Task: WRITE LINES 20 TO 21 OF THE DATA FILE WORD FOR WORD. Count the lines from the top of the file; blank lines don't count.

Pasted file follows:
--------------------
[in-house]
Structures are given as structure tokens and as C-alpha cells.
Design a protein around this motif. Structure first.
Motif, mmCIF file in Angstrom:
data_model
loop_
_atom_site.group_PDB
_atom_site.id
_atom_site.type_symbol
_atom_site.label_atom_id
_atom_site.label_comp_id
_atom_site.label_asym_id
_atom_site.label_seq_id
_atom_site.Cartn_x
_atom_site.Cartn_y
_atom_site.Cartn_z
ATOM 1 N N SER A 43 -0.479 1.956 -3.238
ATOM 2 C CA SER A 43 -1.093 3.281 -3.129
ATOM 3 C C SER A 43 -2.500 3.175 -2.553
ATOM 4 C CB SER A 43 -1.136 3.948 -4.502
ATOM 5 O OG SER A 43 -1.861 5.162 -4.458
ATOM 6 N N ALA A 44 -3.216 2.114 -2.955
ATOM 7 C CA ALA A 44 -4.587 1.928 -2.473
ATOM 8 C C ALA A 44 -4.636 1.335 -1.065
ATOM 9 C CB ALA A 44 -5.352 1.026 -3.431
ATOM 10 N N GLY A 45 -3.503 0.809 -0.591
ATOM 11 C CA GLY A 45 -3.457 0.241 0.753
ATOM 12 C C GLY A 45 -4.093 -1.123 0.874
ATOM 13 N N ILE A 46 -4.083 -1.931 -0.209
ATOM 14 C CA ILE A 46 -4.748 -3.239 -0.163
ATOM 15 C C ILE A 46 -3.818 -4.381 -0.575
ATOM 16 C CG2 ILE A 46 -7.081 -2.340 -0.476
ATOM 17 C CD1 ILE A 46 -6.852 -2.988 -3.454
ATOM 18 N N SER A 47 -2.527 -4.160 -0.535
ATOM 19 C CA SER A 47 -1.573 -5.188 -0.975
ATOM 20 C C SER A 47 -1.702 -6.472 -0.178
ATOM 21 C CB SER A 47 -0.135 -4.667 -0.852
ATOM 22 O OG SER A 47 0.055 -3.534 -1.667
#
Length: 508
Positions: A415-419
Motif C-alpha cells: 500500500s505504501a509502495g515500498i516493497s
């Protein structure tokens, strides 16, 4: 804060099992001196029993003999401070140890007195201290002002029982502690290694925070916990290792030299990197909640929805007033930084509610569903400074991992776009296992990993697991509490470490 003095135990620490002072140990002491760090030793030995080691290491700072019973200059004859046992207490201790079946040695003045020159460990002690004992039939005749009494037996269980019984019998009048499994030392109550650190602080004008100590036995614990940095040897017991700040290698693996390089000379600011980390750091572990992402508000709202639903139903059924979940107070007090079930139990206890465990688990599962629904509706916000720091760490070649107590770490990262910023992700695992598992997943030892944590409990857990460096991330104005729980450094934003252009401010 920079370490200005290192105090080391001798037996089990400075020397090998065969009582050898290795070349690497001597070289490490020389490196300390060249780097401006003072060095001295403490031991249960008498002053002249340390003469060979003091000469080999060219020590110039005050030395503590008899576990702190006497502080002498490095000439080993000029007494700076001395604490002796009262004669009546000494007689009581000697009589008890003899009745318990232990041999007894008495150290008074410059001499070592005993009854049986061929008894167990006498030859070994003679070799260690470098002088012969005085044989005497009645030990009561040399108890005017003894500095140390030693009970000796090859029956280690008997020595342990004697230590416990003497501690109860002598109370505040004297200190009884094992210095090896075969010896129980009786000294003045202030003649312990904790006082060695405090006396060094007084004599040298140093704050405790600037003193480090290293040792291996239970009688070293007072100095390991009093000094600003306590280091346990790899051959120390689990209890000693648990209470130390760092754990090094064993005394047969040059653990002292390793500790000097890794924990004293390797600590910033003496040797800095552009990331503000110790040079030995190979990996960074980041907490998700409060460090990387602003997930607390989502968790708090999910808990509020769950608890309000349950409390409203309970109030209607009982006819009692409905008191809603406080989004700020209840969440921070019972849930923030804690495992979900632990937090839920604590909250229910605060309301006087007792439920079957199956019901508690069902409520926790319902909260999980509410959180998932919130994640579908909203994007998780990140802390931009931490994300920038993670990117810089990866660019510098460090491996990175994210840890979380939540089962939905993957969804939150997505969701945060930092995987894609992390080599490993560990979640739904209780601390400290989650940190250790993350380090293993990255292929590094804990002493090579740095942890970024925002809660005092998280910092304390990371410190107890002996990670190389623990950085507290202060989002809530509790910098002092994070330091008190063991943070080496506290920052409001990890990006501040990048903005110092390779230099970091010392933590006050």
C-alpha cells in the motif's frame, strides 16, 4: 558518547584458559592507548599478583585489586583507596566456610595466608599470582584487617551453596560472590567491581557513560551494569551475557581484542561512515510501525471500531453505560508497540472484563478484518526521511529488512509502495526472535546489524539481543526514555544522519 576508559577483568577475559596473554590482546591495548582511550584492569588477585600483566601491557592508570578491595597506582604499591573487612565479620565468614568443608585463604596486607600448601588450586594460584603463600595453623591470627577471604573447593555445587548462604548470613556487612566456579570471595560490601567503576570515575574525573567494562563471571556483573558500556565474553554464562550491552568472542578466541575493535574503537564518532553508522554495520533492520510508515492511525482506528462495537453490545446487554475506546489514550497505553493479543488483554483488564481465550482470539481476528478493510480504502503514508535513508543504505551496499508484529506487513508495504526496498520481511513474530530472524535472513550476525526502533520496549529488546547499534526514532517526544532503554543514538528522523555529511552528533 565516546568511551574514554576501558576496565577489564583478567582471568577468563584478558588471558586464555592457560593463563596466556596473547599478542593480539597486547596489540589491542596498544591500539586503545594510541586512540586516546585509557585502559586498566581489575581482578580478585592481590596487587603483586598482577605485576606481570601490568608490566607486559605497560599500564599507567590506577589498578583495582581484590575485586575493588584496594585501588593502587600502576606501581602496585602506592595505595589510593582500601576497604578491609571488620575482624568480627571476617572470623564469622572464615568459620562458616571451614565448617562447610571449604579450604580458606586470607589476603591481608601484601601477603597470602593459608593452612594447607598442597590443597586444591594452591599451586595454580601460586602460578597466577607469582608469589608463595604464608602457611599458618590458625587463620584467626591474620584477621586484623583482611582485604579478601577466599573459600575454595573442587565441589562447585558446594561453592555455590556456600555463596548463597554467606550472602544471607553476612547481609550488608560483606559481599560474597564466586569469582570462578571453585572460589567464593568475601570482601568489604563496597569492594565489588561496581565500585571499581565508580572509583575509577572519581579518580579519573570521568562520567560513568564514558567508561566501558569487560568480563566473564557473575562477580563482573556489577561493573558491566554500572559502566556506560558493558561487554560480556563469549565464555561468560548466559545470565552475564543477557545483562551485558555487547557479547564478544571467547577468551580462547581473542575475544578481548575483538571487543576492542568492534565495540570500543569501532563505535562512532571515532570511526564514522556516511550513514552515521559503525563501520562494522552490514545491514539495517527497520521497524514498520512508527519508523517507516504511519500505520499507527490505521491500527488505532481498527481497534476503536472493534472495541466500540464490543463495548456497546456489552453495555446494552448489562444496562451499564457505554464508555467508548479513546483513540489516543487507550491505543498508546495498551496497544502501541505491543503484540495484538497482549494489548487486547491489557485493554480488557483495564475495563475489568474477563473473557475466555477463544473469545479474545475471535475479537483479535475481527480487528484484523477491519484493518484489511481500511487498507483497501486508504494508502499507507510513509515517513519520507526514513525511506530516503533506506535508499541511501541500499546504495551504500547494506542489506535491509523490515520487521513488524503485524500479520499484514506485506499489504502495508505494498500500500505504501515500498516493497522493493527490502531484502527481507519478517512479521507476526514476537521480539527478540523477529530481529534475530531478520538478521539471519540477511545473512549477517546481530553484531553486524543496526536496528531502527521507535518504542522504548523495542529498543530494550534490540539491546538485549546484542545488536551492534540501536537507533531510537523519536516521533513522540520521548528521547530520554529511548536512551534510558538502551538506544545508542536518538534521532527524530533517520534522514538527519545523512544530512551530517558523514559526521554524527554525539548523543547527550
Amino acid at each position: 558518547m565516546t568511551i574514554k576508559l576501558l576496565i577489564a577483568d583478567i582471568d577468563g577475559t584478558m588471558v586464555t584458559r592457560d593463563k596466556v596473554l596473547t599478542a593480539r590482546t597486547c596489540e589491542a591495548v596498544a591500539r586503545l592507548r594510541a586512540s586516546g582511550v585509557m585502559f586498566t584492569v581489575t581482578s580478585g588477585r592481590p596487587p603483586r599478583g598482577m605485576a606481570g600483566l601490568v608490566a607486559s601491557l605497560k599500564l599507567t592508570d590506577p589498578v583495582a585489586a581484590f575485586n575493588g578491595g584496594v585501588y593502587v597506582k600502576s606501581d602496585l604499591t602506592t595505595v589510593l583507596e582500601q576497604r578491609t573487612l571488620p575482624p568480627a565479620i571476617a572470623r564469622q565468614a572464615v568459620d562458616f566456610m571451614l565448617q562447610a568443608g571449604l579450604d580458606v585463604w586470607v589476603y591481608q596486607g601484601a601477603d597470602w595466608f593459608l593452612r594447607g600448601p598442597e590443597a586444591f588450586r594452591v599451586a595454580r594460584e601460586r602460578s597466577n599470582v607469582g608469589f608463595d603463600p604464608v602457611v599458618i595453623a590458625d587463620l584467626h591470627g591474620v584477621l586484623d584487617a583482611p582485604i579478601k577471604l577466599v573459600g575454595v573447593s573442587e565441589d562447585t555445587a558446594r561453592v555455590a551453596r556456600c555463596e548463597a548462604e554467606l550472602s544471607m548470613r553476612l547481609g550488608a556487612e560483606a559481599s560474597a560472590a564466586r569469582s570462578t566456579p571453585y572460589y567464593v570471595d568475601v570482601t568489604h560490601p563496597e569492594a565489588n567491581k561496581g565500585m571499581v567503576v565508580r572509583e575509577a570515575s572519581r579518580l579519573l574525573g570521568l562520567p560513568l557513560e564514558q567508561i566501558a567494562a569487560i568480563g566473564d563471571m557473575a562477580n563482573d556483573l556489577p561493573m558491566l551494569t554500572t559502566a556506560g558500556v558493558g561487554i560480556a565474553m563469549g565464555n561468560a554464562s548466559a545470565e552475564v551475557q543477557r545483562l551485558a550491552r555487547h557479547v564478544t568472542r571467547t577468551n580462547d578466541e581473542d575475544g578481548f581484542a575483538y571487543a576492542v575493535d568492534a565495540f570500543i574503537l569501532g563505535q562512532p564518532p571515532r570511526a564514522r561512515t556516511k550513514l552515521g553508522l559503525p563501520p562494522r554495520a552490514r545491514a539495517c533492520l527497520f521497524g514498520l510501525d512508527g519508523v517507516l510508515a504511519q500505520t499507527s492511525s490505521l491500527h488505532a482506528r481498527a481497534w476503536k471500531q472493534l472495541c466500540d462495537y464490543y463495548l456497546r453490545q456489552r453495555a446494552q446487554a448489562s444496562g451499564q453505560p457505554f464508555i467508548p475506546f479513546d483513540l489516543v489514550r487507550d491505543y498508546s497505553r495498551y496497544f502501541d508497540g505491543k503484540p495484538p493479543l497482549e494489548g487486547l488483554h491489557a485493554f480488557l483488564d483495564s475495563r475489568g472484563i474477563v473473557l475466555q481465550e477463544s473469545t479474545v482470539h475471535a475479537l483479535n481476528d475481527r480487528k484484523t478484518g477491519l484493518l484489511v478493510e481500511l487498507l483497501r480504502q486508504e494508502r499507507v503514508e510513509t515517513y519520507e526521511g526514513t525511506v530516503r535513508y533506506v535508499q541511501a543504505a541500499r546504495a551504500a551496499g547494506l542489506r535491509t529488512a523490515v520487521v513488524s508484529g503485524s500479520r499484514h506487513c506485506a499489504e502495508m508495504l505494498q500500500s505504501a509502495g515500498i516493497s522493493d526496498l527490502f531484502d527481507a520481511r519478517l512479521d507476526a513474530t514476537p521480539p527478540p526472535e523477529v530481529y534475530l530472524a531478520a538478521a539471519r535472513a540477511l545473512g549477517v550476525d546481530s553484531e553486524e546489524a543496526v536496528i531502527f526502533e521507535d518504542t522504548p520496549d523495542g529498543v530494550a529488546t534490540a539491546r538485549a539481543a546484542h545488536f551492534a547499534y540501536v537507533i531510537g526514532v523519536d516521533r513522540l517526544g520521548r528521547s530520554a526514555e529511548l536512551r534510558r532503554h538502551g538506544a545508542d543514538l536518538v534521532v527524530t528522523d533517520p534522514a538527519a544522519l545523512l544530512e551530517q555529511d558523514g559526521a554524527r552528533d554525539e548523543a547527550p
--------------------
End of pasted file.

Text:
ATOM 4 C CB SER A 43 -1.136 3.948 -4.502
ATOM 5 O OG SER A 43 -1.861 5.162 -4.458